The Oxford Mail's chief reporter Matt Oliver guides you through what will be a tumultuous night for British politics - and British political reporters.

We will be with you through the night bringing you the most comprehensive and up to date coverage of Oxfordshire results, and of course the emerging national picture.

Follow our live blog from 9.30pm through until the following morning, during which coffee will be drunk, tears shed and political lives made or broken.​

DID you manage to get plenty of sleep last night?

If you’re a politico, let’s hope the answer is yes because you are unlikely to get much tonight.

For while many people today will simply go to bed as normal, the rest of us will be up watching the biggest political event of the year unfold.

Will Theresa May and the Conservatives return triumphantly to Downing Street? Or will Labour and Jeremy Corbyn snatch victory from the jaws of defeat?

If you believe the polls – and these days that is a big ‘if’ – the result of today’s vote is certainly going to be tighter than it looked seven weeks ago, when Mrs May called the snap election. (Doesn’t it all seem so long ago already?)

But as our Prime Minister is fond of saying, the only poll that ultimately matters is the one today.

That’s why you should go out and cast your vote. And when you’ve finished, follow our guide to your election...

7am-10pm (voting)

Polling stations across the county will be open. The address of your polling station, along with a map, will be on your polling card received after registering to vote. You don’t need to bring your polling card with you to cast your ballot and, if you have lost it, you can also check your nearest polling station at

10pm (the exit poll)

Voting ends and the BBC and Sky News will reveal the results of their exit poll. This is significant – most polls you are used to hearing about have sample sizes of 1,000 or 2,000 but the exit poll is from a sample of 20,000. The respondents are also people who have actually voted.

In 2015, the BBC exit poll correctly predicted a shock Tory majority.

11pm (first results)

As per usual, Sunderland’s slick counting operation means it is expected to be the first to announce its results (Houghton & Sunderland South, Sunderland Central and Washington & Sunderland West).

These should be safe Labour seats, so watch for any change in vote shares rather than headline results.

UKIP won 20 per cent of the vote in 2015, so all eyes will be watching to see whether this swings to the Tories or to Labour.

12am-2am (the calm)

This is when the slog begins and – if you’re a pro and planned in advance – the point where you deploy your sweets and salty snacks.

Results worth watching include strongly pro-EU seats Battersea (Conservative in 2015) and Putney (Conservative in 2015) at 1am. YouGov predicts Labour could steal victory from the Tories in Battersea, so watch where the votes go.

At 1.30am, expect to hear from Wrexham in North Wales, and Darlington in northeast England. These are both Labour-held but the Tories will be hoping to make gains.

2am-3am (the storm)

Only 50 results should be declared at most by this point, but from 2am onwards the results will start flying in. In Oxfordshire, 2am is when Oxford East is expected to declare. Something is going seriously wrong for Labour if they don’t win here.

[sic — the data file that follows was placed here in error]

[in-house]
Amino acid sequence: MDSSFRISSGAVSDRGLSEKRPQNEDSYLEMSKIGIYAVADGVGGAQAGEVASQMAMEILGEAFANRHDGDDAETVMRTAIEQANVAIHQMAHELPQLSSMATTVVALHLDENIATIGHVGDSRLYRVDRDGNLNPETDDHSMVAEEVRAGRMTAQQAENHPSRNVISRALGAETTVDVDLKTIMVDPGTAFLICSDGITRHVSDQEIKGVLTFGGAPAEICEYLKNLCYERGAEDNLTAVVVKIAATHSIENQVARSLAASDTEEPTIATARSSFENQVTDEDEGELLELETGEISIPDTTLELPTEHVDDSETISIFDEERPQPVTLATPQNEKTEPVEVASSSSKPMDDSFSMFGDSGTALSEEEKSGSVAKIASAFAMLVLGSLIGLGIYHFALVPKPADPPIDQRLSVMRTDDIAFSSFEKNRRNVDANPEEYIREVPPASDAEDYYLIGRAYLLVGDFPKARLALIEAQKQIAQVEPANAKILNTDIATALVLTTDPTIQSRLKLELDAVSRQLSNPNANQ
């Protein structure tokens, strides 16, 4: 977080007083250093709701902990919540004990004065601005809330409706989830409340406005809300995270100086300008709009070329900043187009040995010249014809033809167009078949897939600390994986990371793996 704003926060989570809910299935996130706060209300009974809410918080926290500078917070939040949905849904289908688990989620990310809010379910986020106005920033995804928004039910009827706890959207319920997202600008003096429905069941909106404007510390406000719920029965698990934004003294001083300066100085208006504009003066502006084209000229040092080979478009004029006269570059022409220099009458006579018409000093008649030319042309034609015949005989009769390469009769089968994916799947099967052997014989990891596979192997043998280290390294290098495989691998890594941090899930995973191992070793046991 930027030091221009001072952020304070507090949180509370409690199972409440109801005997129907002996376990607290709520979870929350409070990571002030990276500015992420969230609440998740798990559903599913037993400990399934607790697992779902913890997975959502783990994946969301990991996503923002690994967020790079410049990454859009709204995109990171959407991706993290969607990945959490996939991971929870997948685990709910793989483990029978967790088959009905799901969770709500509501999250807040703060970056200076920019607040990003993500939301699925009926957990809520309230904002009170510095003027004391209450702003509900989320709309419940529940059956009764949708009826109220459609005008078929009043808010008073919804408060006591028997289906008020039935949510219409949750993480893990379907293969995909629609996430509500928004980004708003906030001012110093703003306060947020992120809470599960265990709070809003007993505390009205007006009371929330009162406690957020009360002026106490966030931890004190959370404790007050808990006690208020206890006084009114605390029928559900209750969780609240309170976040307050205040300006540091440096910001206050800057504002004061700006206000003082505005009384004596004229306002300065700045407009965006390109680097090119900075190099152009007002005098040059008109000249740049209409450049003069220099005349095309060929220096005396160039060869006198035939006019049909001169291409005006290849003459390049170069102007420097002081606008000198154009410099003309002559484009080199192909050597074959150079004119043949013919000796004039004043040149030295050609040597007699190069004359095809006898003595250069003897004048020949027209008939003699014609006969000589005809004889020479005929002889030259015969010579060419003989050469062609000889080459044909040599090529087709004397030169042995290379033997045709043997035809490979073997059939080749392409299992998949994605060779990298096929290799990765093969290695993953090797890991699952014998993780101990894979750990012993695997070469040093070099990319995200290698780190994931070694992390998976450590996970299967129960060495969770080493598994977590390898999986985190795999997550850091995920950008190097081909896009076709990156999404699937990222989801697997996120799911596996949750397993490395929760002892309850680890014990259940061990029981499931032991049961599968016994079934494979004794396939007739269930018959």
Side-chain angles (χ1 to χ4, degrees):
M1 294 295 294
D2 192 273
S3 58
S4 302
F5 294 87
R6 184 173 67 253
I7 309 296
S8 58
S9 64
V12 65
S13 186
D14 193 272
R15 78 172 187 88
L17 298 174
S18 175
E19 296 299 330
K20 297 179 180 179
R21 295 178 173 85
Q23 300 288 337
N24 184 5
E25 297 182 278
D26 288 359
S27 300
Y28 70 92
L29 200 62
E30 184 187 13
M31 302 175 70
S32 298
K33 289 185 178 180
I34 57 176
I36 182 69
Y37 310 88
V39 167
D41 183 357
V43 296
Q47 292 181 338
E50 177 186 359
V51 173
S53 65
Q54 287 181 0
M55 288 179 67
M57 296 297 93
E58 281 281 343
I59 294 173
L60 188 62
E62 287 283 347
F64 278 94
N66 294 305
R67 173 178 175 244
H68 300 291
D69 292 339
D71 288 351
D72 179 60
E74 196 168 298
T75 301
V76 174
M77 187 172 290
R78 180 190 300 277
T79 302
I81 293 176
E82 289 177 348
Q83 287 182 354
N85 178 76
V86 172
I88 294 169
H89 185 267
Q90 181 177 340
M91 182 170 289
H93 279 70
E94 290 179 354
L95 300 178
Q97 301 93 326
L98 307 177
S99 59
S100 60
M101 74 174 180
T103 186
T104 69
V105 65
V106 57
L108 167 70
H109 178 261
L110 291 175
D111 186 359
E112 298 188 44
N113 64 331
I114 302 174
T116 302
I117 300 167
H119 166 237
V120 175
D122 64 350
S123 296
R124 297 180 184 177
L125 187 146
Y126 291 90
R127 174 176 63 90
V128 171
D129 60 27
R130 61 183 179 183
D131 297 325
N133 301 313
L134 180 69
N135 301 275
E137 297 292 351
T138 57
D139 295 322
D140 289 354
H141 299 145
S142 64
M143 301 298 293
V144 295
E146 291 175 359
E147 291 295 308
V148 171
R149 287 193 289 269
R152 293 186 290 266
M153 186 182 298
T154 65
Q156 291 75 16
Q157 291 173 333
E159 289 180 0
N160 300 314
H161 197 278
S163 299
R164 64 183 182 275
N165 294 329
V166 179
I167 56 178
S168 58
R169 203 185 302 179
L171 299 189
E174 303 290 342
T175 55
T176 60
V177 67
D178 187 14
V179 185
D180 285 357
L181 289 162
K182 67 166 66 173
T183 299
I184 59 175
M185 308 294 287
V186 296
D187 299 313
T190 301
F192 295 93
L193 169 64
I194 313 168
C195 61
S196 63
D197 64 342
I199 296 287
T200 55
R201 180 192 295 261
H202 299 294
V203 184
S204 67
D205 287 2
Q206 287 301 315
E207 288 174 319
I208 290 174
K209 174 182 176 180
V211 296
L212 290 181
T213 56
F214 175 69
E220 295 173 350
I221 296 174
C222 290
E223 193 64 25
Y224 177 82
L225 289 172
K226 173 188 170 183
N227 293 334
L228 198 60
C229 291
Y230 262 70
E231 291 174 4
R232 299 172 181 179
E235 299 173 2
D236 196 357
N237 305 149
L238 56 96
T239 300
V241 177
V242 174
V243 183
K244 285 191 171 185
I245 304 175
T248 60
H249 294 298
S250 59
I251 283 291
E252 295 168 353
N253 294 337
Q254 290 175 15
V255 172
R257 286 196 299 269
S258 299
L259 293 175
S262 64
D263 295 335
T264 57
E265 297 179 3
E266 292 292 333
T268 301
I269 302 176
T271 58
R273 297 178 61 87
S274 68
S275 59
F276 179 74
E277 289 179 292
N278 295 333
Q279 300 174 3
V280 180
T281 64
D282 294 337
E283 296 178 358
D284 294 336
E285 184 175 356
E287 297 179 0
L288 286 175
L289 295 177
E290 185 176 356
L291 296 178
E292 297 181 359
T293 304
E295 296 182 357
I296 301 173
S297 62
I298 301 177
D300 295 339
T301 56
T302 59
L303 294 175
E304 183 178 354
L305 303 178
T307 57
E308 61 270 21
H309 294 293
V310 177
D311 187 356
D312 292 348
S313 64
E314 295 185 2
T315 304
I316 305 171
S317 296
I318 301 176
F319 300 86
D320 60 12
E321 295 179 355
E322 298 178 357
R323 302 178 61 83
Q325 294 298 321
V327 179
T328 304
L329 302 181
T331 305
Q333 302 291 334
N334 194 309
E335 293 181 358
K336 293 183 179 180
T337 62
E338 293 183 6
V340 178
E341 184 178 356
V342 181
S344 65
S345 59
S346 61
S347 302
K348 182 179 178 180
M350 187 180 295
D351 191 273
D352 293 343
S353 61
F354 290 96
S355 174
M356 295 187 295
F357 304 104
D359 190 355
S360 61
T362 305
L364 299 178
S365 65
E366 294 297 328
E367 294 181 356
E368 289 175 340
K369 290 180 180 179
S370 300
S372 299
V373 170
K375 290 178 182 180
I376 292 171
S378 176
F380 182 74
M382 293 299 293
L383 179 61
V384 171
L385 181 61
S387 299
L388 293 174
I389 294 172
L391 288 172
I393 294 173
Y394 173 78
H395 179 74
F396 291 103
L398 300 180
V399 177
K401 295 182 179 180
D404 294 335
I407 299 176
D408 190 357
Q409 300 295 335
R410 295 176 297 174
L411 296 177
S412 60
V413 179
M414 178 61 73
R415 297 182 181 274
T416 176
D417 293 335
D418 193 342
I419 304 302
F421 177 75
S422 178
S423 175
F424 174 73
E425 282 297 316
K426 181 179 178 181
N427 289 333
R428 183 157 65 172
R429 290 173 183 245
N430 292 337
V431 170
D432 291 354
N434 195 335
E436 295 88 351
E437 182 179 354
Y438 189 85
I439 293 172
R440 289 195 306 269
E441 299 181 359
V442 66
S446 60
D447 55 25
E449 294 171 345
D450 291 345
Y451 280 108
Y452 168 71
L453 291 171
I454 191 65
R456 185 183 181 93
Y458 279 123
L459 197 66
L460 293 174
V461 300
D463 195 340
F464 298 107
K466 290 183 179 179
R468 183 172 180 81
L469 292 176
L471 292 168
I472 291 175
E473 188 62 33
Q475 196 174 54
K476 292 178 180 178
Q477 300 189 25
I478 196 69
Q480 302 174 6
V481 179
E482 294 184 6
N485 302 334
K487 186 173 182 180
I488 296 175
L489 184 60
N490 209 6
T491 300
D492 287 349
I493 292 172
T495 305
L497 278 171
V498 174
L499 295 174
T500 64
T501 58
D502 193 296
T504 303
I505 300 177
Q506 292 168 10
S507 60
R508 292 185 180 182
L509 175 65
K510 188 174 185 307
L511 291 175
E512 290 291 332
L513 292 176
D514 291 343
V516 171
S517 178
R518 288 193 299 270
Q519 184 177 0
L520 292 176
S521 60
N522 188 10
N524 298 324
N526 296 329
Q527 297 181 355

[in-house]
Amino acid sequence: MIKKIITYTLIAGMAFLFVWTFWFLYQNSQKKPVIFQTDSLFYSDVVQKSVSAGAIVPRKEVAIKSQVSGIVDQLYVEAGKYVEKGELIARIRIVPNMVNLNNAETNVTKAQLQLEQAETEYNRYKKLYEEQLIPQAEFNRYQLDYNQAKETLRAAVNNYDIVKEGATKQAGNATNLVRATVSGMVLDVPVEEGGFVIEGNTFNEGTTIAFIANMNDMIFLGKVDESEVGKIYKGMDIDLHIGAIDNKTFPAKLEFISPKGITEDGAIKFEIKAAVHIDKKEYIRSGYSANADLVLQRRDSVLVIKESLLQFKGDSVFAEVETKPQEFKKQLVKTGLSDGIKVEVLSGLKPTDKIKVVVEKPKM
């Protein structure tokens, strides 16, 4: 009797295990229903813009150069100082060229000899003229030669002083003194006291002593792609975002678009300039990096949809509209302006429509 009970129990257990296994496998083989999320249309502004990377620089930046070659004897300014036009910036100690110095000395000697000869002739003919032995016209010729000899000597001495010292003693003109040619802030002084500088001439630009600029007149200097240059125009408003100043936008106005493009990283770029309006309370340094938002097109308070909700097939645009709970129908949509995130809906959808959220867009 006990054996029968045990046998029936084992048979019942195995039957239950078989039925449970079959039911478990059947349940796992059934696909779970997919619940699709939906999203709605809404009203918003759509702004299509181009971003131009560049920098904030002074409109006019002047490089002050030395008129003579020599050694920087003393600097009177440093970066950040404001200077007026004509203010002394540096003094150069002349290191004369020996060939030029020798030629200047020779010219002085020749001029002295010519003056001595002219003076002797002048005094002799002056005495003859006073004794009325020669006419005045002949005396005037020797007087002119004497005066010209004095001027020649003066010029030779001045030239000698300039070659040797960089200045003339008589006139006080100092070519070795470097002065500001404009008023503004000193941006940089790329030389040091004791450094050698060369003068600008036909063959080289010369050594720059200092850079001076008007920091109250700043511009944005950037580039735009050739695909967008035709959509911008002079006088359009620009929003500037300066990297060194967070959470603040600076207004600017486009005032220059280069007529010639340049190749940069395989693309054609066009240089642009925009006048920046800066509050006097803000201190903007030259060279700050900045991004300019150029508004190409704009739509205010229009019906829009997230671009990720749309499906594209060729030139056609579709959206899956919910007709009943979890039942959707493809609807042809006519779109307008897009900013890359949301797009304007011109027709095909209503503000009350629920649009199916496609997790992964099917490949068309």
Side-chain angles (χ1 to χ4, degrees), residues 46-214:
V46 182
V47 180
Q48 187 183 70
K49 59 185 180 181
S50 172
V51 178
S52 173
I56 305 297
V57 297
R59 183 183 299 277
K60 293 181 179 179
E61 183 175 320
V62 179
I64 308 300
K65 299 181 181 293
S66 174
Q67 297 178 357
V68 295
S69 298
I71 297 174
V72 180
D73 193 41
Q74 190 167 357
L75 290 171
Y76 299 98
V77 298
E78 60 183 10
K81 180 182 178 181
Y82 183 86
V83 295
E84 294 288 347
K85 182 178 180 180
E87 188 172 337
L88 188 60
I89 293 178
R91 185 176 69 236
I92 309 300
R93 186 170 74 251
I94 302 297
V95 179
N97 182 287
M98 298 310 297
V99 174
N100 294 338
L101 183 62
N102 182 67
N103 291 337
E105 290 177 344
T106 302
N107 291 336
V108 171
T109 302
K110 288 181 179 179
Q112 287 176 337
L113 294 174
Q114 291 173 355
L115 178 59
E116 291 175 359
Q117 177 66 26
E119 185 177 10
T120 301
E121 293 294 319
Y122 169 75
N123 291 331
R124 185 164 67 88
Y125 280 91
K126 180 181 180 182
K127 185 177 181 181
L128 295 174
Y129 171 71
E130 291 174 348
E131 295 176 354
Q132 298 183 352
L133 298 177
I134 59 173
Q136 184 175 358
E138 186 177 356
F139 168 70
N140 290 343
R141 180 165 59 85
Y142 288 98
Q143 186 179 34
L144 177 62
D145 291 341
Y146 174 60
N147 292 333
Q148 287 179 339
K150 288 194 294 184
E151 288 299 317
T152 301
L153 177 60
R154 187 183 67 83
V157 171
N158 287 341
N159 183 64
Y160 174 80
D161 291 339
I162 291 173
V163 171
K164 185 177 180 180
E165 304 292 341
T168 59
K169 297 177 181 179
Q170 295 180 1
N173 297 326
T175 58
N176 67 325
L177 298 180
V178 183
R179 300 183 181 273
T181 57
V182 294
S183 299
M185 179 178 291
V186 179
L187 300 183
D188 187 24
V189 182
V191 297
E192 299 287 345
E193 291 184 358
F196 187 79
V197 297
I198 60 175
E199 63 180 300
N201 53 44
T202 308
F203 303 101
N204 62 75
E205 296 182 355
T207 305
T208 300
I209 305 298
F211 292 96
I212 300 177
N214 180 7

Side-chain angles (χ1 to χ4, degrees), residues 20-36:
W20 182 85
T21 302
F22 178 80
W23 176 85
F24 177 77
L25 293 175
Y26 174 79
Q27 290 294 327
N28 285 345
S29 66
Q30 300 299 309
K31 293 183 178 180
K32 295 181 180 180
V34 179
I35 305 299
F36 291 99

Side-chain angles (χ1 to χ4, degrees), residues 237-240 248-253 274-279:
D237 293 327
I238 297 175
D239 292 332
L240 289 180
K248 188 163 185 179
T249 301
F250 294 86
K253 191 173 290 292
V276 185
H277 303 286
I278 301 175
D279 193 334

But victory for the Tories in Bury South, Greater Manchester, could be an early sign they are on course for a whopping majority of 100 or more.

Elsewhere, Labour is fighting to keep Acton and the first results will start coming through from Scotland. Mr Corbyn’s Islington seat declares at 2.30am.

3am-4am (the flood)

At this stage we will be getting more than three declarations a minute on average. Expect Labour to be ahead overall because its safe seats tend to declare earlier than Tory strongholds.

The Tories will be hoping for gains in Newport, South Wales, Coventry in the West Midlands and seats in the North East like Stockton North. They should easily win seats such as Clacton and, if they are doing well, take others such as Southport. Vauxhall – which has a strongly Leave-supporting Labour candidate – will declare at 3.30am, a seat heavily targeted by the Lib Dems.

4am-5am (crunch time)

Another 150 results are due in this hour but by now the final picture should be emerging.

If Mrs May is having a good night then the Tories will take seats such as Enfield North, Hampstead & Kilburn, Harrow West and Wirral West from Labour. If Labour takes seats like Bolton West and Cardiff North, the UK could be headed for a hung Parliament. In Oxfordshire, Witney – a Conservative safe seat – is due to declare at 4.30am.

5am-midday (the home stretch)

This is when most Oxfordshire seats will declare. At 5am we should hear from Banbury and at 6am we should get the results of Henley, Oxford West & Abingdon and Wantage.

All of these will almost certainly be Conservative holds, but the Lib Dems will be hoping to snatch Oxford West & Abingdon from the Tories. The seat, where people strongly voted for Remain in the Brexit referendum, should have been furtile ground for the Lib Dems pro-EU campaign.

By 7am, almost all seats in the UK will have declared.